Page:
One of the most common complaints I hear from IT pros concerns the lack of knowledge (OK, the ignorance) of company executives regarding information security. For many CEOs and high-level executives, security is at best barely understood and at worst completely misunderstood. Some execs tolerate security procedures and expenses, while others view them as a cost with no possible return.
Bridging this knowledge gap can be extremely difficult for any IT manager. After all, you usually cant get away with calling your CEO ignorant. And trying to explain security preparedness technically to your boss can go nowhere fast.
What you really need is the help of another CEO who actually does understand security—someone who can explain security risks and preparedness to a CEO in language he or she can understand. Thats where TechNet comes in.
TechNet is an organization of CEOs from IT-oriented companies that has mainly been dedicated to political lobbying in areas of interest for its members, although it provides other services as well. Last week, it released for comment the Corporate Information Security Evaluation for CEOs, an 80-question survey that CEOs can take to gain an understanding of their security risks and how well-prepared they are to protect their IT assets. Inexperienced executives will definitely get a lot out of the survey, but it also will be worthwhile for executives with a lot of security know-how.
TechNet recommends that CEOs go through the survey collaboratively with their CIOs, chief security officers or other top IT managers. The document is split into five sections: a business dependency section that determines your reliance on technology and level of danger from a security incident, a risk management section that evaluates your level of readiness for security problems, an evaluation of your personnel skills in IT security, a survey of your information security policies and processes, and a section dedicated to your investments in IT security technology.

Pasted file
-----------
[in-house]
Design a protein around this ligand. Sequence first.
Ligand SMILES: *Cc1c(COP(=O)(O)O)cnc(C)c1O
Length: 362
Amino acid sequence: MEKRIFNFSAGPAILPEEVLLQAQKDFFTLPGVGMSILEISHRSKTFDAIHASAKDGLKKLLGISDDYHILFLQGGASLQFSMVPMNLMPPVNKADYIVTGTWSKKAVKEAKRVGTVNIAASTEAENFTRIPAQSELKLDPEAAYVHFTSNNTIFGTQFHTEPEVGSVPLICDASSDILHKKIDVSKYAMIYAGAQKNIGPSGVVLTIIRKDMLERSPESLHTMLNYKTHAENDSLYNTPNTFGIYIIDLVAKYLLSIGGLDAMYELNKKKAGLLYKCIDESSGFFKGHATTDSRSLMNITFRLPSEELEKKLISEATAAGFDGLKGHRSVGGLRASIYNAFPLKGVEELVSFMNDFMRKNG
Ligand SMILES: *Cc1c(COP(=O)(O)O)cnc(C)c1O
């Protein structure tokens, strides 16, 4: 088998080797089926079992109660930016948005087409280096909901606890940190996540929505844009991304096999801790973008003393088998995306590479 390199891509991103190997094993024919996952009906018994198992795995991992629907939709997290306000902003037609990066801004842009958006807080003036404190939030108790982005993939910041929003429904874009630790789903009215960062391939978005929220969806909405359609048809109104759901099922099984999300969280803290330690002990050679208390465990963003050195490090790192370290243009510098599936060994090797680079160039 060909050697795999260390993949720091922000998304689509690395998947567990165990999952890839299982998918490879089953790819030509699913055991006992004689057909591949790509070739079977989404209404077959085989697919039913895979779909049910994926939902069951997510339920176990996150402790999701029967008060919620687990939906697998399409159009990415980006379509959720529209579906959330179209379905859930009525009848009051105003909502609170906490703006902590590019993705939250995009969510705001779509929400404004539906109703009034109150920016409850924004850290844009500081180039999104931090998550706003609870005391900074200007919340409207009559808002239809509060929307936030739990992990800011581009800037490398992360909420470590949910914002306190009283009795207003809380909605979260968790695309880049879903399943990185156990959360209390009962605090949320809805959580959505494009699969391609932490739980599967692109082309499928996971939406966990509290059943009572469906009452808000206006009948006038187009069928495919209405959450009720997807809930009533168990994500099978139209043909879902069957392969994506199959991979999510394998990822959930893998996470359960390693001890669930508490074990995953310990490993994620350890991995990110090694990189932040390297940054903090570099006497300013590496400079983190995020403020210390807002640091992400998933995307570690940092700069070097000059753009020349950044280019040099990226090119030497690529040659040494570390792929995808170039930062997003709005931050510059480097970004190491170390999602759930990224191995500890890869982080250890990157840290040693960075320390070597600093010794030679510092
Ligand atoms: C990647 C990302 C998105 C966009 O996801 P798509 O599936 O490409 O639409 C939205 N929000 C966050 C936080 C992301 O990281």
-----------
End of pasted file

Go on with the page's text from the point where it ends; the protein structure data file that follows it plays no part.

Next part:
I liked the questions that force companies to figure out the cost of losing critical assets to security problems. I really liked the question that asked whether security personnel were involved in the evaluation and deployment decisions for new products and systems.
Any company that completes this evaluation can get a lot out of it, either by addressing real weaknesses or by improving already-good security processes. But there are also some potential problems.
Probably the biggest is that many CEOs will want to score as high as they can on the survey and might want to publish their scores. The obvious danger here is the temptation to provide untruthful responses. You should discourage going public with scores, no matter how good they are.
Another problem, for IT and security managers, is that you may find yourself pressured to add systems that you dont really need just to add points to your score. Parts of the survey deal with products and systems that not every company will choose to implement. Because of this, Id recommend that you preset expectations before going through the survey with your CEO. Clearly define the areas where the questions in the survey deviate from your technology architecture.
Another weakness, albeit an understandable one for an organization with a membership made up of many technology vendors, is that the survey doesnt take into consideration inherent strengths and weaknesses of different vendors technologies. The fact that a company with a back-end infrastructure of mainframes and Unix-based databases, which are known for their rock-solid security, would score the same as a company with a back end of Microsoft SQL Server databases, which are generally much less secure, doesnt make a lot of sense in a pure security evaluation.
Still, I cant be too hard on a document that does a lot of good in educating executives as to where their companies stand in risk and readiness. Many executives are essentially illiterate when it comes to IT security. Just think of this document as their first reader.
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Labs Director Jim Rapozas e-mail address is firstname.lastname@example.org.